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Question of the Day
SIMAYAL, INDIA (AP) - They come together each morning from the sloping forests. Some walk for more than an hour along muddy footpaths past terraced farms stacked like soft green steps. Some race their new motorbikes down narrow, cracked roads cut into the hillsides.
The team of young men and women wear ID cards on lanyards around their necks and have that rarest of commodities in rural India, a company job.
They work mainly in data processing for a 3-year-old business called B2R that is using the spread of the Internet to transport India’s outsourcing boom from metropolitan Bangalore and the suburbs of New Delhi to this speck of a farming village in the Himalayan foothills.
Before B2R arrived, Simayal was being drained of its bright young men as they left for cities to search for work. Its women had little option but to wed right out of school. Nearly everyone’s survival was tied to the whim of the rains and prayers for a strong harvest.
Now, men are staying. Some who left have returned. Many women have put off marriage to work and are helping to support their families. Other new businesses are opening up.
The 50 new jobs B2R created brought a “glimmer of hope” to the 110 families in this cluster of farming hamlets barely touched by India’s economic transformation over the past two decades, said V.K. Madhavan, who has spent the past eight years running Chirag, a local development organization.
Deepa Nayal’s two sons persuaded the 47-year-old widow to retire from her 1,890 rupee ($38) a month teaching job after they got hired. Mohan Singh Bisht, 20, helped his family build a six-room house. Khasti Fartiyal, 22, started paying for one of her sisters to go to college and bought an essential, expensive piece of gold jewelry for another sister’s wedding. Many bought refrigerators, new clothes and motorbikes. Many are proud just to help buy food.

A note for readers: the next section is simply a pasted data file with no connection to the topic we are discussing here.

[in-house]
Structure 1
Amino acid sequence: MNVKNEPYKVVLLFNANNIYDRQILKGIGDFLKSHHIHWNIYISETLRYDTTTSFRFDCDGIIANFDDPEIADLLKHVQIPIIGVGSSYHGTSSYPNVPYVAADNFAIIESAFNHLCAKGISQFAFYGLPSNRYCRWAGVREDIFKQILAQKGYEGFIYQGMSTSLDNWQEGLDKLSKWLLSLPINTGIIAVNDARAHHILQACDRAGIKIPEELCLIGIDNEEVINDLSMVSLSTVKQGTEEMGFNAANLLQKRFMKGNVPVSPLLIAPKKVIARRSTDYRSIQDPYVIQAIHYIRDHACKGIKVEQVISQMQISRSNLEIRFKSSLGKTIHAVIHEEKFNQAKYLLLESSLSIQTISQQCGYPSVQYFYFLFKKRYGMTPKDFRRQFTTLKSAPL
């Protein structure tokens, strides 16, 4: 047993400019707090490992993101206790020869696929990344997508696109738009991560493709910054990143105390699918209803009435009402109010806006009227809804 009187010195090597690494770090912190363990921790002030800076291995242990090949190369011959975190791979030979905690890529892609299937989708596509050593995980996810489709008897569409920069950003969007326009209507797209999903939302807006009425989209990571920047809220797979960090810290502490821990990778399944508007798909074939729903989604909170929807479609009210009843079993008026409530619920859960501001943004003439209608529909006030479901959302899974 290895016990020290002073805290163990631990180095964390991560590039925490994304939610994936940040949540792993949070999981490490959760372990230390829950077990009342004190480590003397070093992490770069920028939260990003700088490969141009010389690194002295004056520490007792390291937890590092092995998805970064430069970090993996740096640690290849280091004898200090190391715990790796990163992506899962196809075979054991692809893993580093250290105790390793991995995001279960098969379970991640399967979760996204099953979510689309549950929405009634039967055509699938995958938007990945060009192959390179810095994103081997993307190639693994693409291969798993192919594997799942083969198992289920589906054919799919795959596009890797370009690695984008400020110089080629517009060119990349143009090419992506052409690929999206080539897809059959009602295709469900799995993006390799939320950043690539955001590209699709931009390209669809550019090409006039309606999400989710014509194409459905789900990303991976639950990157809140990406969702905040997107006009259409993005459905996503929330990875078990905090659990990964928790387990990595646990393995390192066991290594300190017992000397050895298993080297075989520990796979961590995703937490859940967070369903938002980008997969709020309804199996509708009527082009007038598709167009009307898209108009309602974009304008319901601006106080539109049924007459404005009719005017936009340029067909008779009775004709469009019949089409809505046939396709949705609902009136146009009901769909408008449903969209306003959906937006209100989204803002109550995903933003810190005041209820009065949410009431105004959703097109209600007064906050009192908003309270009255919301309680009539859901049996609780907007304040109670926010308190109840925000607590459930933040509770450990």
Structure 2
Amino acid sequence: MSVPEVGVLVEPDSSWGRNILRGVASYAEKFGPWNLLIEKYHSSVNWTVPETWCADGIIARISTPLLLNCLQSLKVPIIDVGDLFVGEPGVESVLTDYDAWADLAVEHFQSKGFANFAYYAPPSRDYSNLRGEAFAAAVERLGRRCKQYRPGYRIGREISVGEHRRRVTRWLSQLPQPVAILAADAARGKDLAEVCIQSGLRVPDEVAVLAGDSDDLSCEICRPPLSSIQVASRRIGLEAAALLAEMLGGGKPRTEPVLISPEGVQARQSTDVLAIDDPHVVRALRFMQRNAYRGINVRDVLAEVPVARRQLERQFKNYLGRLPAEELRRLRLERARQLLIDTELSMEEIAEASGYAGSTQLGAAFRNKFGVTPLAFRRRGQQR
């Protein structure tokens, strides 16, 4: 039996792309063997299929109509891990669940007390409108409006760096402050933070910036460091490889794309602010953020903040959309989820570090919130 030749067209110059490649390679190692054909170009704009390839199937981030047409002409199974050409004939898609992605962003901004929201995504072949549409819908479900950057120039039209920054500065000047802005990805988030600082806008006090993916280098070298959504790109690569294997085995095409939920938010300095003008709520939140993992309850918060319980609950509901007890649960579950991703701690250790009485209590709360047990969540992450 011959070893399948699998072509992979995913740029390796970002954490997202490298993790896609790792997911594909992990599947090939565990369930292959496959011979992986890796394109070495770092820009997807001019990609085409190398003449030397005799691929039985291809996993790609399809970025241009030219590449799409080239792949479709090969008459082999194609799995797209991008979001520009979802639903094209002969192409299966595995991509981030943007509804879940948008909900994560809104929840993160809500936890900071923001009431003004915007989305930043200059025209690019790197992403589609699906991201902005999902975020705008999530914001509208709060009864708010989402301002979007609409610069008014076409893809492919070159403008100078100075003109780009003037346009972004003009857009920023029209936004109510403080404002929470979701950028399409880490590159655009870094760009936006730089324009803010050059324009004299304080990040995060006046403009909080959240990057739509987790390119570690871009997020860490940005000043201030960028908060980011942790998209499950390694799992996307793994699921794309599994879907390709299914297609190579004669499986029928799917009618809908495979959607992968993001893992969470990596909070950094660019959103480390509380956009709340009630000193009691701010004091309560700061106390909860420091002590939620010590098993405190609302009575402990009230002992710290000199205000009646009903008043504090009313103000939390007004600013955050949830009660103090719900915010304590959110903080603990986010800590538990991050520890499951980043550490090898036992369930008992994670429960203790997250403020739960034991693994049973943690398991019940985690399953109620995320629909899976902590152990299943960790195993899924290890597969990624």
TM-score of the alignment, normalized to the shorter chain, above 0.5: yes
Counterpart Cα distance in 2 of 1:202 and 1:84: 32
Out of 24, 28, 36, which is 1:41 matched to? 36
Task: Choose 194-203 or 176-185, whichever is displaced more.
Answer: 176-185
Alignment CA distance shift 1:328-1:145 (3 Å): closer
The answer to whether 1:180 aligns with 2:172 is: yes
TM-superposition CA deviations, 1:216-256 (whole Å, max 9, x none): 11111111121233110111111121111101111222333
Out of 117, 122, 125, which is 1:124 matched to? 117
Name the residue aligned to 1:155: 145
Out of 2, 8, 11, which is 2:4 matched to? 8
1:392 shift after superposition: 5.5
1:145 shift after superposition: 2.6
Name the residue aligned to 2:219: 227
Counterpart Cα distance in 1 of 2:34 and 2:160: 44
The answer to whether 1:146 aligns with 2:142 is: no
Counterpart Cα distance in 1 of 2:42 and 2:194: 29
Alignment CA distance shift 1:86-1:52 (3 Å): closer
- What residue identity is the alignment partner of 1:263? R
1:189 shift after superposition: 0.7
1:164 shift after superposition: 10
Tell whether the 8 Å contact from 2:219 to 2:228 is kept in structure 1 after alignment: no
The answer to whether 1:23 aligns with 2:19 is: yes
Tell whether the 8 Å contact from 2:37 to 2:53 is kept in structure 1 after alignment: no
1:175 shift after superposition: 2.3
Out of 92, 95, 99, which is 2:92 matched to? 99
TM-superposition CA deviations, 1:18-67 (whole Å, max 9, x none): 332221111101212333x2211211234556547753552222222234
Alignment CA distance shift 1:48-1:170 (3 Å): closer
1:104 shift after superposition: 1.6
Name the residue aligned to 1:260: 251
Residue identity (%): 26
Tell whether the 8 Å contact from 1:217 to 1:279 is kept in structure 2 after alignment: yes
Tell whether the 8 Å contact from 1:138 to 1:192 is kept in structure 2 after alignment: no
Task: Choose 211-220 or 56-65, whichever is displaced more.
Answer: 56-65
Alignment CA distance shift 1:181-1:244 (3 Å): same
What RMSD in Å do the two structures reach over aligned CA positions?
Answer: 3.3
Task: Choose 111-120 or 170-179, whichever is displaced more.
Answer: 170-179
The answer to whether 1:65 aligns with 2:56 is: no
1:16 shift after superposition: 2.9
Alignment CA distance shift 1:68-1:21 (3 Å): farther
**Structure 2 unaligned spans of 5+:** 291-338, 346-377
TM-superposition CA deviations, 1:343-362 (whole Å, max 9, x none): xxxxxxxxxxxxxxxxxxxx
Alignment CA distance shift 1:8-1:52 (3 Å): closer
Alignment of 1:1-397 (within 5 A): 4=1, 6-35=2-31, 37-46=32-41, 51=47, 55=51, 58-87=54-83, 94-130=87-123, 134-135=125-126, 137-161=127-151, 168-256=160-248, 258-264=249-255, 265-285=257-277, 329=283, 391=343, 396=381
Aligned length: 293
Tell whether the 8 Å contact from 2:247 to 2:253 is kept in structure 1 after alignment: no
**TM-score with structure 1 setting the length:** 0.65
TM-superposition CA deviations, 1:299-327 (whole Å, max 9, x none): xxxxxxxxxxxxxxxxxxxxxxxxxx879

“There’s a buzz around the place that didn’t exist before,” Madhavan said.
The B2R staff in Simayal work above an old flour mill in a maze of rooms that had been intended as cramped housing for poor families. In the narrow, long central office, staffers sitting at small computer desks lining the walls work on a project for a legal publisher turning scans of court cases into searchable databases. In another room, women take calls on behalf of a family planning group. In another, staffers collect sales data for cellphone companies. The kitchen has been turned into the server room.
Outside, a steady procession of women looking aged beyond their years and dressed in threadbare clothes walk by carrying on their heads immense stacks of firewood and animal fodder they collected during hours of foraging in the forest. Their husbands and fathers tend to the apple and pear orchards.
B2R and a handful of similar firms are trying to offer an alternative road map for Indian economic growth. With nearly 70 percent of the population _ 833 million people _ living in rural areas and its cities already overburdened, there is a limit to how quickly the nation can urbanize.
In the meantime, rural youth need jobs and poor infrastructure makes it difficult for manufacturers to deliver them. But with an Internet connection, outsourcing companies can work anywhere.
Less than 5 percent of rural Indians have ever used the Internet and many have never even heard of it, according to a recent study by the IMRB market research firm. Half the staff in B2R’s office here said they had never seen a computer before this job.
The government is trying to change that, spending $6.5 billion to lay fiber optic cable to each of the country’s 250,000 towns. India’s innovation czar, Sam Pitroda, says it will open up a flood of rural development. It can bring telemedicine to villages without doctors, better teaching tools to remote schools and jobs in banking, insurance and other information fields to towns currently dependent on agriculture.
By Andrew P. Napolitano
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